We all make tough business decisions where there is no black and white, only shades of gray. A credit union loan officer might struggle with whether to approve a loan on D paper. Or a manager may decide that the best way to cut expenses is to lay somebody off, but is it the 30-year-old single mother with frequent absences or the 65-year-old who might not be as productive as he once was.
Journalism in particular might operate a lot more in the gray. Is this legitimate news, as in the CU of Atlanta CEO story? Do we have enough sources to support it? If we wait until morning for a source to call back, will we get scooped by our competitors?
As a reporter, I was always extremely cautious about putting my opinion into stories, so much so I had some difficulty at first in adjusting to the editor's role of writing a column. Now, while I'm permitted the luxury of public opinions, I still have to make tough calls on our reporting in an unbiased manner--even as others don't take the ethical high road.
It's no great secret that the credit union industry, nationwide, is like its own small community. Just about everyone knows everyone else it appears. As reporters and editors, we work with numerous sources to get our job done; some we might even consider professional friends.
Such was Tom Glatt, Sr., former CEO of REALTORS FCU and Continental FCU. We ran a story yesterday on the deed in lieu on his house in Arizona, which had been financed by Continental. I struggled with it but ultimately made the decision to run with this story, and here's why: 1) Tom is a very well-known credit union figure who regularly speaks at conferences; 2) he just left REALTORS FCU, which was hyped as the next generation credit union; 3) a credit union CEO left the members of his (at the time) credit union with a debt that had been approved by the credit union the CEO ran; and 4) while the issue is personal, it also was a matter of public record.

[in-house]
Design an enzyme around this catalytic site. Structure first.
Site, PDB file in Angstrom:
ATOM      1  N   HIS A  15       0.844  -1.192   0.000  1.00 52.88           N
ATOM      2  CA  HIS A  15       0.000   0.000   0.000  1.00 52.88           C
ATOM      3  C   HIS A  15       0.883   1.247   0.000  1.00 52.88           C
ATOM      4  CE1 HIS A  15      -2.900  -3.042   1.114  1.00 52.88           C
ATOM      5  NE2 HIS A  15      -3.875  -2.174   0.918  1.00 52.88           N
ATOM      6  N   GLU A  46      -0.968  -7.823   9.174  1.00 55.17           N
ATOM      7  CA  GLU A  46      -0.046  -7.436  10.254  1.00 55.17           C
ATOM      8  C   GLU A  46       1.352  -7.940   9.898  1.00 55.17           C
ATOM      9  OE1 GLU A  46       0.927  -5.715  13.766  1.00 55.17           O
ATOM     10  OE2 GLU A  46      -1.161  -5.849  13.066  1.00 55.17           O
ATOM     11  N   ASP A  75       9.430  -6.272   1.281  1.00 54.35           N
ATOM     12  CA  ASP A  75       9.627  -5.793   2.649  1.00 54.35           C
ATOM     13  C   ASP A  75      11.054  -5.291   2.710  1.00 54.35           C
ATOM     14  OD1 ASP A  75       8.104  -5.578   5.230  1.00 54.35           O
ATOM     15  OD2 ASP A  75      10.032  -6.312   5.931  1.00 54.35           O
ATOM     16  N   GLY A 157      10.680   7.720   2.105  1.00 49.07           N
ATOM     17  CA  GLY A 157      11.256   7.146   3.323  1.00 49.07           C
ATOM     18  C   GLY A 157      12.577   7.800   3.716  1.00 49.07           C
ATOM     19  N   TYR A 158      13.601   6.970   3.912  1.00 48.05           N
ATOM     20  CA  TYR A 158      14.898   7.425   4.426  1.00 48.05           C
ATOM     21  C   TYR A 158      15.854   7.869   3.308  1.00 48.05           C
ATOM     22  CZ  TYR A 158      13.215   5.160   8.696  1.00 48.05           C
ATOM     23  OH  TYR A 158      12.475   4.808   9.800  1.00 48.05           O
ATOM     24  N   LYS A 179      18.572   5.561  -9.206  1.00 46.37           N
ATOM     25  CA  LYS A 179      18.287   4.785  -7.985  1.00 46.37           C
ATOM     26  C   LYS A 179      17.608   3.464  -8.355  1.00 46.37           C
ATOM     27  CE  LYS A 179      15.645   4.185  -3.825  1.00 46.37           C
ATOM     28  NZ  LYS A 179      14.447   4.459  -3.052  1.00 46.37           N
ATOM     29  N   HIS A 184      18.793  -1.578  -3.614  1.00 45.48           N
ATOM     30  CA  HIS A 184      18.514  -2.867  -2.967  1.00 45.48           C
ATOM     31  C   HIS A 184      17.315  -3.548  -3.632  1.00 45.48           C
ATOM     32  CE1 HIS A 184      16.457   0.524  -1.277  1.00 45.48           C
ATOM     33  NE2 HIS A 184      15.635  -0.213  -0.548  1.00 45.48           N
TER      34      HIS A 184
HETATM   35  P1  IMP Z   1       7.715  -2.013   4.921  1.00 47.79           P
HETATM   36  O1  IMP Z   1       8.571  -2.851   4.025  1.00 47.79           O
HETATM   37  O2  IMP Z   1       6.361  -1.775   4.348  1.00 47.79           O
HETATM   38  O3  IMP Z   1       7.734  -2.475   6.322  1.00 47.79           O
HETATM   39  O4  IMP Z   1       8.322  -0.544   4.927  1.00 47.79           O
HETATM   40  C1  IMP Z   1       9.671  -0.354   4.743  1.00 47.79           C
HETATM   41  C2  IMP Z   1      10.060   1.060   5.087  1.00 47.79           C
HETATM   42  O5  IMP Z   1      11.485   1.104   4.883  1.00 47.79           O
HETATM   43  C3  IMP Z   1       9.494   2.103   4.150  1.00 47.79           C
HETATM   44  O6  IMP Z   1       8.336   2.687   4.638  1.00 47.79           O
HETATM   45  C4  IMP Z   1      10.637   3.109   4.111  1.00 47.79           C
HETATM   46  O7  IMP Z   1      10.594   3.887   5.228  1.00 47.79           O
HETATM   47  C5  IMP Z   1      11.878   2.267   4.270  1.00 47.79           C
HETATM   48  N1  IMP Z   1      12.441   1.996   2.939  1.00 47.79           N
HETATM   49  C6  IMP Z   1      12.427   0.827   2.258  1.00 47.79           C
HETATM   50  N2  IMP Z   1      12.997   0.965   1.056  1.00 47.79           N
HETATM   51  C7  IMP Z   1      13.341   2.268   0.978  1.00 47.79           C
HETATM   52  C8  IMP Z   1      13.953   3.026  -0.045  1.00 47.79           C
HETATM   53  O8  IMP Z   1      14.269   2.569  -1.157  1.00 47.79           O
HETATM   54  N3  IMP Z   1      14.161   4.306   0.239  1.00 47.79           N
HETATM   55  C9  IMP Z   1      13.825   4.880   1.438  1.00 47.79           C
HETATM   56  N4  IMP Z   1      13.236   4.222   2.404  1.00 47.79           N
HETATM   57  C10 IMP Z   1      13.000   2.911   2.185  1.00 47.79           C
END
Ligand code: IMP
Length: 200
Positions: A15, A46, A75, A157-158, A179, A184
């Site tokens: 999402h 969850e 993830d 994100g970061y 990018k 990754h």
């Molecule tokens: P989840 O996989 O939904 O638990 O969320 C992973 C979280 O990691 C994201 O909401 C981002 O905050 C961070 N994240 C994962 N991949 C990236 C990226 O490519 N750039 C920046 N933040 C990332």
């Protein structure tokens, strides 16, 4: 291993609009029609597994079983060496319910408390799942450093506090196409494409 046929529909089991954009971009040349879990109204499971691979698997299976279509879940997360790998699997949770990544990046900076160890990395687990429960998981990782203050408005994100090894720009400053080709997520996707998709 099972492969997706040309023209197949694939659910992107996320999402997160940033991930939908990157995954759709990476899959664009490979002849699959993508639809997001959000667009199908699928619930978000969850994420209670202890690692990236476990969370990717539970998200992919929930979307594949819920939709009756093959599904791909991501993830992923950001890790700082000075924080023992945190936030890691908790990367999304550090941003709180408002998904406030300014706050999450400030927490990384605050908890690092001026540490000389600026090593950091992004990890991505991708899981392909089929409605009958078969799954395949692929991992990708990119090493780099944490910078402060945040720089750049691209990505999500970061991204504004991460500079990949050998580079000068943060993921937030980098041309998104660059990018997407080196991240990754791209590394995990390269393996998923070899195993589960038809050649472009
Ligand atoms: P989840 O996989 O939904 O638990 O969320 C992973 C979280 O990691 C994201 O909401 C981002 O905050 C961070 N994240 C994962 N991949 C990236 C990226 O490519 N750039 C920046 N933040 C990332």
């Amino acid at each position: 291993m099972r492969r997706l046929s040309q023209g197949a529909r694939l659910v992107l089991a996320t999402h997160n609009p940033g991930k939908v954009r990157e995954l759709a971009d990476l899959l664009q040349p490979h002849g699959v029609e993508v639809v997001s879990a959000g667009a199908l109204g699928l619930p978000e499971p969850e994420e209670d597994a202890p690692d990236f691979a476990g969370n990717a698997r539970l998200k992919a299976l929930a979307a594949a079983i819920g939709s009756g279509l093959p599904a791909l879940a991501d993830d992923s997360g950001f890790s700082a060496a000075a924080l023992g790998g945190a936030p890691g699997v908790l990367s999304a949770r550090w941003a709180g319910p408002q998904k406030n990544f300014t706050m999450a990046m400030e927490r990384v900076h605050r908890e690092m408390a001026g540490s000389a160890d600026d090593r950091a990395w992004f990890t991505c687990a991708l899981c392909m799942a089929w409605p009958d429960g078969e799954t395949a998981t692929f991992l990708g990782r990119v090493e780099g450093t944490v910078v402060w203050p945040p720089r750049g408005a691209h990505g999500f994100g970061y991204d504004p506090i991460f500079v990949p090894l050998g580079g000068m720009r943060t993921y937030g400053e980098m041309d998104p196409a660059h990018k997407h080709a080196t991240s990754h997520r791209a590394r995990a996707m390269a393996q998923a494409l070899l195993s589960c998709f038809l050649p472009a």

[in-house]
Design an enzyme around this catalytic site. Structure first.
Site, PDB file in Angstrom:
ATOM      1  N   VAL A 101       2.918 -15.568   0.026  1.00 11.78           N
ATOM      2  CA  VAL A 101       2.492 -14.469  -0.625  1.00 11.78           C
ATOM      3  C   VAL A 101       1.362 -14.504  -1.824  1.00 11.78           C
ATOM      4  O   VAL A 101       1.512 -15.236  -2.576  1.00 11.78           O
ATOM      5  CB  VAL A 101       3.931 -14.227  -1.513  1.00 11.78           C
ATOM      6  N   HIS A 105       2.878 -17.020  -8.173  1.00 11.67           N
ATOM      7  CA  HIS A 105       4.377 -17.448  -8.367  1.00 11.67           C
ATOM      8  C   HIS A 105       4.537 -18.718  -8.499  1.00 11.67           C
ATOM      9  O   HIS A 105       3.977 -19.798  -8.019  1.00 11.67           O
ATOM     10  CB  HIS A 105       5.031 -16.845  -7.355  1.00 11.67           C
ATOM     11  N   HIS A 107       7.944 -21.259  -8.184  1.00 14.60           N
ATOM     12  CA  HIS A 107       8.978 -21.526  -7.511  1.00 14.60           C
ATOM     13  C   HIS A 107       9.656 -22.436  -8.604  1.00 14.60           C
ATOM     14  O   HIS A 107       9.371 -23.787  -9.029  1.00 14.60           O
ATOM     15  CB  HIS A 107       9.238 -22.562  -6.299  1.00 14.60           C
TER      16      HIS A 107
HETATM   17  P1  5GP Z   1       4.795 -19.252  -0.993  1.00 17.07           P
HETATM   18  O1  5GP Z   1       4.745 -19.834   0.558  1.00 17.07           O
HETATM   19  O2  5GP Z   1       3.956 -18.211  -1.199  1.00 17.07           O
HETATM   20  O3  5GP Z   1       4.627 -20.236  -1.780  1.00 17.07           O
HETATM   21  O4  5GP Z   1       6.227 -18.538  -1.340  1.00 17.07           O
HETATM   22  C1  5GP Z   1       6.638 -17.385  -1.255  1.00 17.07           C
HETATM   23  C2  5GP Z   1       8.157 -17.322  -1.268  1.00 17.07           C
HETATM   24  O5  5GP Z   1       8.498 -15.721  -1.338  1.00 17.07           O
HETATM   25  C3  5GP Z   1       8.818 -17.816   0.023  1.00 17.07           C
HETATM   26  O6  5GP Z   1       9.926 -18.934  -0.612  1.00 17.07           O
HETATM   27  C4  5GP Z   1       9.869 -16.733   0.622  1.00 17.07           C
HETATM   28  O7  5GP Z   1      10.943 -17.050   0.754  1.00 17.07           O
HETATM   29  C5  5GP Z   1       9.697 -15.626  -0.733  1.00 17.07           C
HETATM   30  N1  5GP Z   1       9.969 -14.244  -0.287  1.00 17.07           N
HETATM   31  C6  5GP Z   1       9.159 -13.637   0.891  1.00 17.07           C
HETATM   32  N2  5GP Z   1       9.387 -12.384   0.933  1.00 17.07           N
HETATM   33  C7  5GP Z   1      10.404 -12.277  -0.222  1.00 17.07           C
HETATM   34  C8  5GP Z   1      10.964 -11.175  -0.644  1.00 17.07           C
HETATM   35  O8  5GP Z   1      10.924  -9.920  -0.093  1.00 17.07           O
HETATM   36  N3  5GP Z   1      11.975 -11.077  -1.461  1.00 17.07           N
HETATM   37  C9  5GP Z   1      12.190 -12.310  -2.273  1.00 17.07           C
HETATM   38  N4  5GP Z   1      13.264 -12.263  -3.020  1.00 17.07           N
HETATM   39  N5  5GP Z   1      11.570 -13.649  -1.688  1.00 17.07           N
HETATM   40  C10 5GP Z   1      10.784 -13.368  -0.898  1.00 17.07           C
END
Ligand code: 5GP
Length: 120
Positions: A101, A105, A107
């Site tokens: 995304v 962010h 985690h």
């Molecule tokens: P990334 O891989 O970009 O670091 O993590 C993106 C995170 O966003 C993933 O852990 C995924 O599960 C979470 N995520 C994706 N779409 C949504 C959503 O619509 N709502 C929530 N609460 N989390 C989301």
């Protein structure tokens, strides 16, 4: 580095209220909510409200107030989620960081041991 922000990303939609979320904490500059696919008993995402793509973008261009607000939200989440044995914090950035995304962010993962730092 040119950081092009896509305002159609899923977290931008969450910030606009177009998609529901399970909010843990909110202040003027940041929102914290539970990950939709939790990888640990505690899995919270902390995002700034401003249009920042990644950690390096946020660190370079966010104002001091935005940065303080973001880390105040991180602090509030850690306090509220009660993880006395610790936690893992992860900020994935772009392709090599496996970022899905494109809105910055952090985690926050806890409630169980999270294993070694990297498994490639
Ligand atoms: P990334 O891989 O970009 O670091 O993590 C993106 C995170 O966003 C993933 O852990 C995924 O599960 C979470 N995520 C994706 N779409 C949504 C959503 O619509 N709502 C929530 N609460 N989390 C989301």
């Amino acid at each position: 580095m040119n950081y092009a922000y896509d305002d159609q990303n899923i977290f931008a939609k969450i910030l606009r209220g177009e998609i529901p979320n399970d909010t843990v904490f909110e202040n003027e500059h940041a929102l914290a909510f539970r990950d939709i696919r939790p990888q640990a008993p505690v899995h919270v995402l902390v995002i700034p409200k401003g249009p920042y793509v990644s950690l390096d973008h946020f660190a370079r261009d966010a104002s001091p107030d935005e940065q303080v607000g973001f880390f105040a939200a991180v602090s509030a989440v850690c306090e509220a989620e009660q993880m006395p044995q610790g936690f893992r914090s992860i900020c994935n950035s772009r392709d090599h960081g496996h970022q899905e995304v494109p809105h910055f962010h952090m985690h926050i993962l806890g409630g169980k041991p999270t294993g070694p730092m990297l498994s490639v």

My final decision: The story was legitimate, timely and appropriate. Any decision I would have made would have had me ruminating about it all night, which I did. I know that's no consolation to Tom and his family, and I understand he'll probably never speak to me again. That's unfortunate. I do wish him well in his future endeavors. In the end, I made the right decision for Credit Union Times.